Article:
Chris Uggen's Blog: li'l orphan esperanza

Saturday, February 16, 2008

li'l orphan esperanza

i had one of those awful bad-dad moments last night. i was stuck in the office at 8:15 when i realized that esperanza's middle-school production of annie had begun at 7. nooooooo!

she was understanding, of course, but i felt awful. today's shows were all sold out, so i feared i'd completely missed her big play. fortunately, i managed to hustle a ticket to today's matinee. as is often the case, i am indebted to the restorative and healing work of ticket scalpers. bless you, my friends.

my own favorite musical is guys and dolls -- where i'd surely cast esperanza as sister sarah -- but annie was fun and full of surprises. they managed to find a ginormous-voiced middle-schooler to do warbucks, a mean ol' miss harrigan, an actual ham-it-up stage dog, a fine cast of orphans and maids, and well-chosen actors for every role. in particular, the kid who played f.d.r. simply nailed the voice and mannerisms. dude must've been breaking down film for weeks.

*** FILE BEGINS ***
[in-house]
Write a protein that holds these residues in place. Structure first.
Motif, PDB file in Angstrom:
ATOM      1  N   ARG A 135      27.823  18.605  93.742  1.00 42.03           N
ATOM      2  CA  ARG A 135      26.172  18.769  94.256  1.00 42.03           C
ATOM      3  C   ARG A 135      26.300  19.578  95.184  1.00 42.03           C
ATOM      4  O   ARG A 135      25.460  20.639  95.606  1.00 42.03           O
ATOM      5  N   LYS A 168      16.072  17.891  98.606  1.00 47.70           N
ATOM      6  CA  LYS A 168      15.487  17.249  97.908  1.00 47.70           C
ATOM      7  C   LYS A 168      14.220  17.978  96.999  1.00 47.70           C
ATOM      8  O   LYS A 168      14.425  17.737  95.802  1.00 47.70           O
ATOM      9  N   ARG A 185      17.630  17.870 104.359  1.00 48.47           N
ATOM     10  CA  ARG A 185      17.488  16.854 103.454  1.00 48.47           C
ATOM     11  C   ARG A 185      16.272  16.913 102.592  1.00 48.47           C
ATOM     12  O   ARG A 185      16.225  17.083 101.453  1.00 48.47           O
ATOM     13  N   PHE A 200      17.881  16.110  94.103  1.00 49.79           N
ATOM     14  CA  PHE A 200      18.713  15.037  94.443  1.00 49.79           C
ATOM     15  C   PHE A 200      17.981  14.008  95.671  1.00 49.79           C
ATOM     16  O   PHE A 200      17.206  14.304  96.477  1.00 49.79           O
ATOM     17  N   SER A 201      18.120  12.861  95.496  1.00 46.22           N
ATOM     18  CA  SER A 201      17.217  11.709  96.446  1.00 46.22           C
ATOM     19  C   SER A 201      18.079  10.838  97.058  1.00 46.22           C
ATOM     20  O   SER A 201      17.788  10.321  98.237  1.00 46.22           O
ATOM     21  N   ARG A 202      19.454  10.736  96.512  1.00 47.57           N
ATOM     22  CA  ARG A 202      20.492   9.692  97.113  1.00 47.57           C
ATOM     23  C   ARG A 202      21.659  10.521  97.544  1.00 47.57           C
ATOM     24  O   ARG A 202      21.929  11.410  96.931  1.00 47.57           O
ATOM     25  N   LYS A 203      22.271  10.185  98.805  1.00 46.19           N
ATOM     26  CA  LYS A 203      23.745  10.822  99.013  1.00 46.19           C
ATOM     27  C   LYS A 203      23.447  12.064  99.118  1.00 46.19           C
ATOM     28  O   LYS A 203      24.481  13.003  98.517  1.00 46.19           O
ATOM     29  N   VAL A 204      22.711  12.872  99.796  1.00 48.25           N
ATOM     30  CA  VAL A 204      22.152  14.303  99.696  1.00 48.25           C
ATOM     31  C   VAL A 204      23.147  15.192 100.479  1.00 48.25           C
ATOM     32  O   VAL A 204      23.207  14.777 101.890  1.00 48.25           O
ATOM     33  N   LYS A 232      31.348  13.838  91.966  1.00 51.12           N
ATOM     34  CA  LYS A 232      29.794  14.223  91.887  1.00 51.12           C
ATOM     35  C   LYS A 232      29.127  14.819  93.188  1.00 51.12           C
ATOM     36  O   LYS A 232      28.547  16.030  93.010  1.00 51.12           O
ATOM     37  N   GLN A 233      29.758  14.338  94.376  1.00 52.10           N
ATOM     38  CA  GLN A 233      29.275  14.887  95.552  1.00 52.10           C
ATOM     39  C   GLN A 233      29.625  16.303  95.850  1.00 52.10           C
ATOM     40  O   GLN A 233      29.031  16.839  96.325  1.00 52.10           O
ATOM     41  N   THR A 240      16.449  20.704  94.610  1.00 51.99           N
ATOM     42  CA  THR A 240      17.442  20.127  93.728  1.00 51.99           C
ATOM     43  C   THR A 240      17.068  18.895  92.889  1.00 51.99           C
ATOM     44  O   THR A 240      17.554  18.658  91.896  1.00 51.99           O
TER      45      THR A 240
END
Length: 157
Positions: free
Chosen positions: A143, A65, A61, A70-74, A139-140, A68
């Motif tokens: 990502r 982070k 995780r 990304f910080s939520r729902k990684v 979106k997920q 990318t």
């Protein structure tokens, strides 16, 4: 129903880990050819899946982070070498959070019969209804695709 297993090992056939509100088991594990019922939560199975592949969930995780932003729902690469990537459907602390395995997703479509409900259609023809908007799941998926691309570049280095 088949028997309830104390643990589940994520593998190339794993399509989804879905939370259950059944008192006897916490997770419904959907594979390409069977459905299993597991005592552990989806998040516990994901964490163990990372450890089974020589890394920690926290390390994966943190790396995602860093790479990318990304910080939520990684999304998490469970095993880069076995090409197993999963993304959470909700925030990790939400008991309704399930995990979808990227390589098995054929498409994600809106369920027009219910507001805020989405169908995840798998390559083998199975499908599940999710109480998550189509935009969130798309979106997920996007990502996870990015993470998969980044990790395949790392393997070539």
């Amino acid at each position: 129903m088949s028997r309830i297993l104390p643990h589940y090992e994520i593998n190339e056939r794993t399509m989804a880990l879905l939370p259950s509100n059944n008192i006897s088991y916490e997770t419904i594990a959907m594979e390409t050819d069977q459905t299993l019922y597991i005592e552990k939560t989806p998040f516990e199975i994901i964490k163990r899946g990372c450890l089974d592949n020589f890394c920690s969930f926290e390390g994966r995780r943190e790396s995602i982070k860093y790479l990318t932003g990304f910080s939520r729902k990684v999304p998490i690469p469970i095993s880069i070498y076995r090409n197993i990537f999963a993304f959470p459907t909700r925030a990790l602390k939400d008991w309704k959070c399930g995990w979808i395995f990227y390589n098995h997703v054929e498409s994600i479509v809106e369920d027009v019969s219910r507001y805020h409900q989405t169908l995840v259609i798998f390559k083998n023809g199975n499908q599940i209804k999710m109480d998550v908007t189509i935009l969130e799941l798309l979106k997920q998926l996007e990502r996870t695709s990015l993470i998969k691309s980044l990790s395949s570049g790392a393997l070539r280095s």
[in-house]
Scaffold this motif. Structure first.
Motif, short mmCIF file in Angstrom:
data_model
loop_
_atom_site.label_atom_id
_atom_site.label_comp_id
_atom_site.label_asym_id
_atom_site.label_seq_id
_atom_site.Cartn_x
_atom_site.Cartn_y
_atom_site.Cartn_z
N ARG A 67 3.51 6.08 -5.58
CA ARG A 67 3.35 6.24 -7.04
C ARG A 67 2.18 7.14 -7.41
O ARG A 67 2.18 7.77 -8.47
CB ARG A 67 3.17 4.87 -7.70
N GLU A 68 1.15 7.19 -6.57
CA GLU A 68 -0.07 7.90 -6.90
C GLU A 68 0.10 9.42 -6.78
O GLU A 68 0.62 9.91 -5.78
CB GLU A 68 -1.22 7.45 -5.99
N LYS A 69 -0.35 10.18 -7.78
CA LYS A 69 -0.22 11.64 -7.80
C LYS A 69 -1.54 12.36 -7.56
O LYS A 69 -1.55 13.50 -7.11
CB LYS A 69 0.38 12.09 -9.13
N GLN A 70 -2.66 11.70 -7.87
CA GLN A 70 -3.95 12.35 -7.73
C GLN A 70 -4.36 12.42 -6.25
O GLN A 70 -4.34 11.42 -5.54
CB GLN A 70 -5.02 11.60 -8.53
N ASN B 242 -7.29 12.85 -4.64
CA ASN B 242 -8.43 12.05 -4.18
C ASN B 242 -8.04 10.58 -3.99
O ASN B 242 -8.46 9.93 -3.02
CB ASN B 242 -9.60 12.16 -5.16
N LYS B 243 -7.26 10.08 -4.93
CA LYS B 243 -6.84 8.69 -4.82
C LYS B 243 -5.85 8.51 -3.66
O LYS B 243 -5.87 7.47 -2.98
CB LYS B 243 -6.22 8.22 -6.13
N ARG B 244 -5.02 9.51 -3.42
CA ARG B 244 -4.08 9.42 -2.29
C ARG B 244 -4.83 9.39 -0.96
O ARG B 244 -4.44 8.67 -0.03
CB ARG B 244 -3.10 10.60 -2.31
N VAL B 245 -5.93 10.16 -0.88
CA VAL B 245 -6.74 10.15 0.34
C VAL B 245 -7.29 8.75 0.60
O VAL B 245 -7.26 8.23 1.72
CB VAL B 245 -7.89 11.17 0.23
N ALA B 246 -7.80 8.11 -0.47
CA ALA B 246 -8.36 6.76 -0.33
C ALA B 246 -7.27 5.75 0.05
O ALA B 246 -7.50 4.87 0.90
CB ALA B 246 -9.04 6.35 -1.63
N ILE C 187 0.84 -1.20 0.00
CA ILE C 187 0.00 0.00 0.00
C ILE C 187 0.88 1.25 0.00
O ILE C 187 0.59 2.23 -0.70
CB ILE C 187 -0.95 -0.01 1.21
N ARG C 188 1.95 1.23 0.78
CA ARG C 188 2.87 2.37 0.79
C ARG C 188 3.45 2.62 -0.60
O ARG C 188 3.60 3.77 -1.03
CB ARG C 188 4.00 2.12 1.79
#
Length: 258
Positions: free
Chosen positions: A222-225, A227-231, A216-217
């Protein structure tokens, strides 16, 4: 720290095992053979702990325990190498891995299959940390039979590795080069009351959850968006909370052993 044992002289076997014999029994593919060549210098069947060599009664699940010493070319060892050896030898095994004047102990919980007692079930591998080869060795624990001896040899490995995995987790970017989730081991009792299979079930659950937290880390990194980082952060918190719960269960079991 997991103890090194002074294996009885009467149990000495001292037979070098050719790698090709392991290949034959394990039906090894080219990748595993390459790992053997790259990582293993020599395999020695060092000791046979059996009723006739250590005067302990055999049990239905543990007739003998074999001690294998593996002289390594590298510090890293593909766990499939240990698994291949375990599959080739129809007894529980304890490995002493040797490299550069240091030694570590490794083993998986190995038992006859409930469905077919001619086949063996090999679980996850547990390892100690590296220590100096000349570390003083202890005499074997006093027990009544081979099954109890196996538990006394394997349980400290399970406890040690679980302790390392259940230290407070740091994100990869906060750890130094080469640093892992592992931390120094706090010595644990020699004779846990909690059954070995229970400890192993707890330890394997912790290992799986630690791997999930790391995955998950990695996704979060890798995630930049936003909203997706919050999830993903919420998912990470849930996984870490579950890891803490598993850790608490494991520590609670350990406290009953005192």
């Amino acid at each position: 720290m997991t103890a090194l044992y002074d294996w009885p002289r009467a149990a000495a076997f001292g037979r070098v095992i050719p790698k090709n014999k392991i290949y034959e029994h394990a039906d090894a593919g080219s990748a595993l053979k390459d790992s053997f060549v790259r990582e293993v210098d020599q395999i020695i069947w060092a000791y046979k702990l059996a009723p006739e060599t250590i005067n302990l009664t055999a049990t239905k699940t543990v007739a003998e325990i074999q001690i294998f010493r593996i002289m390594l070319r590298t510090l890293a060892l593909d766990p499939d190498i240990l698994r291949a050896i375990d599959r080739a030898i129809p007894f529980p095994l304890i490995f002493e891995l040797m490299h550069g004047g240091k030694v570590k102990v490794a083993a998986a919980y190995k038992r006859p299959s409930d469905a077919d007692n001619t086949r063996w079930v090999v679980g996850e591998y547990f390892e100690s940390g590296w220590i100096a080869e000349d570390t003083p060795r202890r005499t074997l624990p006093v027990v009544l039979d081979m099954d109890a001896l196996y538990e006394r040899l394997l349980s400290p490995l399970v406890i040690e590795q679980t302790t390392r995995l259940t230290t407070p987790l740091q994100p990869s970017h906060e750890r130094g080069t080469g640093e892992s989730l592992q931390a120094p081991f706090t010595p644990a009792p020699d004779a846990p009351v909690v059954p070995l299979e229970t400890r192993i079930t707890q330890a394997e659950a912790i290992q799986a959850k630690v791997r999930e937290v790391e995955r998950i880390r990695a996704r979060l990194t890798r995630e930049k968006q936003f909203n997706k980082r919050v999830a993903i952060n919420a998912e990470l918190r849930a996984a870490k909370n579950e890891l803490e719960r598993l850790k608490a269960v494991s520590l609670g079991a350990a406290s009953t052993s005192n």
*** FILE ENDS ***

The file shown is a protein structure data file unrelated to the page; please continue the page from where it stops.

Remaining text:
as of 8:53 pm, the cast party rages on. i've attended a few parties in my day, but nothing like these. after watching esperanza's theater buddies the past few years, i'm now convinced that no gathering could compete with the energy and collective effervescence of a middle-school cast party on closing night.


At 6:34 AM, Blogger Jay Livingston said...

That Annie? For middle schoolers?

At 12:59 PM, Blogger S.S.STONE said...

Oh yes you must have felt awful! Glad you were able to get for the song, passionate and brings tears to my eyes.

At 9:25 PM, Blogger christopher uggen said...

don't worry jay, the production was age-appropriate. the culture is just chock full of annies these days.

i'm glad you liked the rivers cuomo/john denver song, sarah. at esperanza's age, i played this one in secret. i loved the song, but was too musically insecure to admit it.

here's the tab and lyrics:

At 9:09 PM, Blogger Jay Livingston said...

For a while I was working on a version for government social scientists that began, "You fill out my census. . . "


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